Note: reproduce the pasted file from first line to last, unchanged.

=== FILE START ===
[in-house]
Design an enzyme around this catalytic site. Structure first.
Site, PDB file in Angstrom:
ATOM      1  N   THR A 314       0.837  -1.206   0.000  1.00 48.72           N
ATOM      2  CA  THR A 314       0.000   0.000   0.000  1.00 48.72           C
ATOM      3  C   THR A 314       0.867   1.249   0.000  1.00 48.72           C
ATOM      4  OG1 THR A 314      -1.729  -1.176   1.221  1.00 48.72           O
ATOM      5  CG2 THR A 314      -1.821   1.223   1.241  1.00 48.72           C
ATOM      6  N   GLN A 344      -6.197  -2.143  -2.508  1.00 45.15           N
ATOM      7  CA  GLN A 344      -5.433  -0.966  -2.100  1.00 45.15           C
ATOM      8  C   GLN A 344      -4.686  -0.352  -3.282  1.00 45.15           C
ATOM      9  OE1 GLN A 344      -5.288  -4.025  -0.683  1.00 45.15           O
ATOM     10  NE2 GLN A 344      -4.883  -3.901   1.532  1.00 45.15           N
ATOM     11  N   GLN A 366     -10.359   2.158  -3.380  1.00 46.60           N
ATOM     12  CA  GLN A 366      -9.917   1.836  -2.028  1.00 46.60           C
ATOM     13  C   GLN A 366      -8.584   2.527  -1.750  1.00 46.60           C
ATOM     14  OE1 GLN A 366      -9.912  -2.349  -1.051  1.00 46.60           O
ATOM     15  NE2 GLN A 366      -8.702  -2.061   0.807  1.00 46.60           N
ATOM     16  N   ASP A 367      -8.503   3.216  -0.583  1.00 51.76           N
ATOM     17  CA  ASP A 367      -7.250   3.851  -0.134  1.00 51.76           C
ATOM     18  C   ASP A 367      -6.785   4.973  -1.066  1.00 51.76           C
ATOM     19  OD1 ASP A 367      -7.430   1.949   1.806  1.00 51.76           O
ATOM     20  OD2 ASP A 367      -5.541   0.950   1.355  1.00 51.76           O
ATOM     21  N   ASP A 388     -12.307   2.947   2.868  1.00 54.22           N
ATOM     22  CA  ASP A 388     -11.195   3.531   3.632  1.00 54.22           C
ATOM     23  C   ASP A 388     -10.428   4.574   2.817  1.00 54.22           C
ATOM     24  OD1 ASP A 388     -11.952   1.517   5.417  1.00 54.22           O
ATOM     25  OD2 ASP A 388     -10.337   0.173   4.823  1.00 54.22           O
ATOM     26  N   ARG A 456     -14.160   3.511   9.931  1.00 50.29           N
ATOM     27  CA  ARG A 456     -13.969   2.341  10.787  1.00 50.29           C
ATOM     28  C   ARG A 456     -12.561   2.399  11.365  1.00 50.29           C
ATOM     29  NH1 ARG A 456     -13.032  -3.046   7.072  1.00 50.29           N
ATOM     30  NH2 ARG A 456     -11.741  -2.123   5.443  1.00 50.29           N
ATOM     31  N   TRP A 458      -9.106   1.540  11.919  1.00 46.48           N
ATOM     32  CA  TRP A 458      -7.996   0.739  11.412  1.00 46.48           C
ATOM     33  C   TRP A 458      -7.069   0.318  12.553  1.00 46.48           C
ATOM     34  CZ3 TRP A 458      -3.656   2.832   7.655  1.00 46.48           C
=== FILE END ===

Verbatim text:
[in-house]
Design an enzyme around this catalytic site. Structure first.
Site, PDB file in Angstrom:
ATOM      1  N   THR A 314       0.837  -1.206   0.000  1.00 48.72           N
ATOM      2  CA  THR A 314       0.000   0.000   0.000  1.00 48.72           C
ATOM      3  C   THR A 314       0.867   1.249   0.000  1.00 48.72           C
ATOM      4  OG1 THR A 314      -1.729  -1.176   1.221  1.00 48.72           O
ATOM      5  CG2 THR A 314      -1.821   1.223   1.241  1.00 48.72           C
ATOM      6  N   GLN A 344      -6.197  -2.143  -2.508  1.00 45.15           N
ATOM      7  CA  GLN A 344      -5.433  -0.966  -2.100  1.00 45.15           C
ATOM      8  C   GLN A 344      -4.686  -0.352  -3.282  1.00 45.15           C
ATOM      9  OE1 GLN A 344      -5.288  -4.025  -0.683  1.00 45.15           O
ATOM     10  NE2 GLN A 344      -4.883  -3.901   1.532  1.00 45.15           N
ATOM     11  N   GLN A 366     -10.359   2.158  -3.380  1.00 46.60           N
ATOM     12  CA  GLN A 366      -9.917   1.836  -2.028  1.00 46.60           C
ATOM     13  C   GLN A 366      -8.584   2.527  -1.750  1.00 46.60           C
ATOM     14  OE1 GLN A 366      -9.912  -2.349  -1.051  1.00 46.60           O
ATOM     15  NE2 GLN A 366      -8.702  -2.061   0.807  1.00 46.60           N
ATOM     16  N   ASP A 367      -8.503   3.216  -0.583  1.00 51.76           N
ATOM     17  CA  ASP A 367      -7.250   3.851  -0.134  1.00 51.76           C
ATOM     18  C   ASP A 367      -6.785   4.973  -1.066  1.00 51.76           C
ATOM     19  OD1 ASP A 367      -7.430   1.949   1.806  1.00 51.76           O
ATOM     20  OD2 ASP A 367      -5.541   0.950   1.355  1.00 51.76           O
ATOM     21  N   ASP A 388     -12.307   2.947   2.868  1.00 54.22           N
ATOM     22  CA  ASP A 388     -11.195   3.531   3.632  1.00 54.22           C
ATOM     23  C   ASP A 388     -10.428   4.574   2.817  1.00 54.22           C
ATOM     24  OD1 ASP A 388     -11.952   1.517   5.417  1.00 54.22           O
ATOM     25  OD2 ASP A 388     -10.337   0.173   4.823  1.00 54.22           O
ATOM     26  N   ARG A 456     -14.160   3.511   9.931  1.00 50.29           N
ATOM     27  CA  ARG A 456     -13.969   2.341  10.787  1.00 50.29           C
ATOM     28  C   ARG A 456     -12.561   2.399  11.365  1.00 50.29           C
ATOM     29  NH1 ARG A 456     -13.032  -3.046   7.072  1.00 50.29           N
ATOM     30  NH2 ARG A 456     -11.741  -2.123   5.443  1.00 50.29           N
ATOM     31  N   TRP A 458      -9.106   1.540  11.919  1.00 46.48           N
ATOM     32  CA  TRP A 458      -7.996   0.739  11.412  1.00 46.48           C
ATOM     33  C   TRP A 458      -7.069   0.318  12.553  1.00 46.48           C
ATOM     34  CZ3 TRP A 458      -3.656   2.832   7.655  1.00 46.48           C